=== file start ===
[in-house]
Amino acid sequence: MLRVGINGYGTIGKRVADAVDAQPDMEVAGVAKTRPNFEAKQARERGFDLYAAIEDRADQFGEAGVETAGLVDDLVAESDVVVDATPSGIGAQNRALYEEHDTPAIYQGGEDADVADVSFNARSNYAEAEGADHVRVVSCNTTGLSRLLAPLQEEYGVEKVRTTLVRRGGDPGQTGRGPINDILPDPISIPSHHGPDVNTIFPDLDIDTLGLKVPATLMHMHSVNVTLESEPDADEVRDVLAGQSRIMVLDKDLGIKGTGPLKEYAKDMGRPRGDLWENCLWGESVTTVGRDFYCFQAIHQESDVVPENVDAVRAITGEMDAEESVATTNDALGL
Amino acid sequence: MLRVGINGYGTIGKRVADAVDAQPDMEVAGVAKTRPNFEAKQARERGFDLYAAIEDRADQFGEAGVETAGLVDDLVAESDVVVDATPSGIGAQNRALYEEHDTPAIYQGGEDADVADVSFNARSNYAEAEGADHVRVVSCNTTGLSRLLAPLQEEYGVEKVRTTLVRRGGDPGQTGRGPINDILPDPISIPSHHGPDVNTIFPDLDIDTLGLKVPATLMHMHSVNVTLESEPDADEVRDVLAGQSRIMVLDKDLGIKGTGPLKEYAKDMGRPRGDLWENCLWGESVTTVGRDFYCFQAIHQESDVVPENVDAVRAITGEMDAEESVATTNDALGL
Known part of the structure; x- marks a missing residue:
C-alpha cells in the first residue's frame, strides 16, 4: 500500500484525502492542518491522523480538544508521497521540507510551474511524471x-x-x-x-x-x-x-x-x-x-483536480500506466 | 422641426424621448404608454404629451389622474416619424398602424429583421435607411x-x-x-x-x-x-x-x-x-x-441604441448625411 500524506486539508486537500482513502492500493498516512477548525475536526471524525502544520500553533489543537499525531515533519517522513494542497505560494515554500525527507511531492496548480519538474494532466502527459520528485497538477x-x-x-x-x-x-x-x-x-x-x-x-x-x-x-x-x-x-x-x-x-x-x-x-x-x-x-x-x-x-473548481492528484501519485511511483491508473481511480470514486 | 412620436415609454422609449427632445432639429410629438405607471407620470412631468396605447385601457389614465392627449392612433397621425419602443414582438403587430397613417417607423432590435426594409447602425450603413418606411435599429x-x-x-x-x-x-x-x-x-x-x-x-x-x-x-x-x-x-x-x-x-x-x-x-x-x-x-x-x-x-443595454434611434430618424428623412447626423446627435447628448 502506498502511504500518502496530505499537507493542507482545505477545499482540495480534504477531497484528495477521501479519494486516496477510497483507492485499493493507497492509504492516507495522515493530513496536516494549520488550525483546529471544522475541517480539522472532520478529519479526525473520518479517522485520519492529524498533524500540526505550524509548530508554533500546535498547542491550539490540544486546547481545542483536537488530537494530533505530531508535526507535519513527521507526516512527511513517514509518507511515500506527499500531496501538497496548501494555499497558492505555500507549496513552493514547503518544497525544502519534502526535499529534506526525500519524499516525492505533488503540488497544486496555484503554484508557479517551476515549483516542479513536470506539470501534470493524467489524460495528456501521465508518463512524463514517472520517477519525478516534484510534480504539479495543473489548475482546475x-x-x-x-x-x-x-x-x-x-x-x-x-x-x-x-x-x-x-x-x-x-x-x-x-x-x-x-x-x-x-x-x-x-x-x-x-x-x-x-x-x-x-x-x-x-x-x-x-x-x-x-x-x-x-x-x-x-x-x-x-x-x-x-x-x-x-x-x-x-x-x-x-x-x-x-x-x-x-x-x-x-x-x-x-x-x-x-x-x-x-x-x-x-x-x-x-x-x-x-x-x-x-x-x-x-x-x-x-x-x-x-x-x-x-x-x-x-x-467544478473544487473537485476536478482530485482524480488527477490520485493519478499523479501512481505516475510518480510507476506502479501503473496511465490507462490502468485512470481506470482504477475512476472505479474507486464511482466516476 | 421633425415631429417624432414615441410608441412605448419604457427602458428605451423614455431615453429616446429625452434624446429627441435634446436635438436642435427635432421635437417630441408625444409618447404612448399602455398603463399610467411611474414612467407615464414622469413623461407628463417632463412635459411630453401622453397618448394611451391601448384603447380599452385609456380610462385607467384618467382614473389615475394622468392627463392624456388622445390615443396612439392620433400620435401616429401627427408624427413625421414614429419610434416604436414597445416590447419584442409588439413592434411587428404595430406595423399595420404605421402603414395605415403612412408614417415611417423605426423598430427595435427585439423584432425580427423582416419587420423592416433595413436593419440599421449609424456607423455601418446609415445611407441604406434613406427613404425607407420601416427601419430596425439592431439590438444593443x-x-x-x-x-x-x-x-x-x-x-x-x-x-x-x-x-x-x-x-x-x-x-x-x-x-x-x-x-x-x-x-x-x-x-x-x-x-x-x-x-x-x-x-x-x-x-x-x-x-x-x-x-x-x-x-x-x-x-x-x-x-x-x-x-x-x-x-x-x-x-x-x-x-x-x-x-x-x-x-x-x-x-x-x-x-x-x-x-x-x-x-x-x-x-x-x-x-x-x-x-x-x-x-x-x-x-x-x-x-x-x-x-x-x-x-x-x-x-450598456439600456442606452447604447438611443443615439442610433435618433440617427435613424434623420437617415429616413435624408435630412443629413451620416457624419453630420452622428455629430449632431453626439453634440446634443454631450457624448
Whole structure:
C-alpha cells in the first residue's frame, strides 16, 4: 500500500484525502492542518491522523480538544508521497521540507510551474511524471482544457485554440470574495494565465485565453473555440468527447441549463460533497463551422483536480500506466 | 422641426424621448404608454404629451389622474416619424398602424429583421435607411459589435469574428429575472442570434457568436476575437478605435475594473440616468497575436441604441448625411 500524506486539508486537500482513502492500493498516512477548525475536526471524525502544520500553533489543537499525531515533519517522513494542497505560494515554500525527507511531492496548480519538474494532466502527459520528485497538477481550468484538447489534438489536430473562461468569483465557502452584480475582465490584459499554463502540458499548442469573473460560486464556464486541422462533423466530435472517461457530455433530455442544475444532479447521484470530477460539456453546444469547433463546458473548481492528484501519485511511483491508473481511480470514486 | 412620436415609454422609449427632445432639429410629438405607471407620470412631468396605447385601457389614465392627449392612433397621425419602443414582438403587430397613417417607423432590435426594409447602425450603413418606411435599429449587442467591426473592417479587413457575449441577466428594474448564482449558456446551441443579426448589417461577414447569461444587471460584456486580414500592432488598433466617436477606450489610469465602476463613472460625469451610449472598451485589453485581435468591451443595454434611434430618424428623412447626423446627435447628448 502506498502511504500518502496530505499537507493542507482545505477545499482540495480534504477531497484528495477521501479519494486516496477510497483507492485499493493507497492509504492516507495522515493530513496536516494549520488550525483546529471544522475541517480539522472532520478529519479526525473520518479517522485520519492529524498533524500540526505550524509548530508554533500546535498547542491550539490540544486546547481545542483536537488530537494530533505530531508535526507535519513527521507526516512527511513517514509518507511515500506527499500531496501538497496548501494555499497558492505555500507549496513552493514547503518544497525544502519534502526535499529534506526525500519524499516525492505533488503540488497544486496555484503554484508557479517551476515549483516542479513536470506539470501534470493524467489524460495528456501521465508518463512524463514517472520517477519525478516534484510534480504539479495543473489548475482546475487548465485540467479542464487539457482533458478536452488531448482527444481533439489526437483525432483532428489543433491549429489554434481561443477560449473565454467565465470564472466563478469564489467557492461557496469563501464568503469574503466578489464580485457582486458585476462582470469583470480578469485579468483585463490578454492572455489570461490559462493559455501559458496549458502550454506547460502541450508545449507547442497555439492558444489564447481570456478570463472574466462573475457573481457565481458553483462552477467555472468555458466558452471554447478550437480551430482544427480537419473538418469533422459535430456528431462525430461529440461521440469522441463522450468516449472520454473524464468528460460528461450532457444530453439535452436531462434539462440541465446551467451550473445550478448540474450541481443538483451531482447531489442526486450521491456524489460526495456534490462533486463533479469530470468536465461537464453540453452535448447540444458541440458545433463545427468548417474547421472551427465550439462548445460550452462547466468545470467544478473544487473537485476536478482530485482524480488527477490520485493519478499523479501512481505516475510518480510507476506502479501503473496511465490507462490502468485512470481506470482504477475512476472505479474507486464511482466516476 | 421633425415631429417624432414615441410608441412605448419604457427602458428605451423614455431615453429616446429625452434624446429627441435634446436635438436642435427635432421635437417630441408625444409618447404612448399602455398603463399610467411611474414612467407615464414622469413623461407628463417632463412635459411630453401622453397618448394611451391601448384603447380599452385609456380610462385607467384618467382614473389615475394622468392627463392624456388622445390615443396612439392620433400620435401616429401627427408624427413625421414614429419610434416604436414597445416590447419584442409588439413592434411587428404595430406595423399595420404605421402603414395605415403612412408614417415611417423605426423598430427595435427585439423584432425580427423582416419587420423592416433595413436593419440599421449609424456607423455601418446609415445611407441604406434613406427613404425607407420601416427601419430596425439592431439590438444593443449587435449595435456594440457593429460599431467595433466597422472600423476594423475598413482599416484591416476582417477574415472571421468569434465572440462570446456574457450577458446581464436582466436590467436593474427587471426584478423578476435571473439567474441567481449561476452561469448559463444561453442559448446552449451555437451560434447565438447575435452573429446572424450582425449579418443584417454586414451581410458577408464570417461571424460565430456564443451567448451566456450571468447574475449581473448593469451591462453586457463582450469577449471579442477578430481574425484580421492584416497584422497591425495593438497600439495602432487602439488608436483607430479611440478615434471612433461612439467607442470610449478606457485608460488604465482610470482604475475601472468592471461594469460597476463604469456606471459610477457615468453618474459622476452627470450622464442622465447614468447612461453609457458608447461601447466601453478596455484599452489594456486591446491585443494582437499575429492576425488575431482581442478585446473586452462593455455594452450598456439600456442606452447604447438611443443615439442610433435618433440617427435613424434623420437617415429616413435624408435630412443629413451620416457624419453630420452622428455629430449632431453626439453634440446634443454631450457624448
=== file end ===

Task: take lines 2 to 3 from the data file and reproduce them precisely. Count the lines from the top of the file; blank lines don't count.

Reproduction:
Amino acid sequence: MLRVGINGYGTIGKRVADAVDAQPDMEVAGVAKTRPNFEAKQARERGFDLYAAIEDRADQFGEAGVETAGLVDDLVAESDVVVDATPSGIGAQNRALYEEHDTPAIYQGGEDADVADVSFNARSNYAEAEGADHVRVVSCNTTGLSRLLAPLQEEYGVEKVRTTLVRRGGDPGQTGRGPINDILPDPISIPSHHGPDVNTIFPDLDIDTLGLKVPATLMHMHSVNVTLESEPDADEVRDVLAGQSRIMVLDKDLGIKGTGPLKEYAKDMGRPRGDLWENCLWGESVTTVGRDFYCFQAIHQESDVVPENVDAVRAITGEMDAEESVATTNDALGL
Amino acid sequence: MLRVGINGYGTIGKRVADAVDAQPDMEVAGVAKTRPNFEAKQARERGFDLYAAIEDRADQFGEAGVETAGLVDDLVAESDVVVDATPSGIGAQNRALYEEHDTPAIYQGGEDADVADVSFNARSNYAEAEGADHVRVVSCNTTGLSRLLAPLQEEYGVEKVRTTLVRRGGDPGQTGRGPINDILPDPISIPSHHGPDVNTIFPDLDIDTLGLKVPATLMHMHSVNVTLESEPDADEVRDVLAGQSRIMVLDKDLGIKGTGPLKEYAKDMGRPRGDLWENCLWGESVTTVGRDFYCFQAIHQESDVVPENVDAVRAITGEMDAEESVATTNDALGL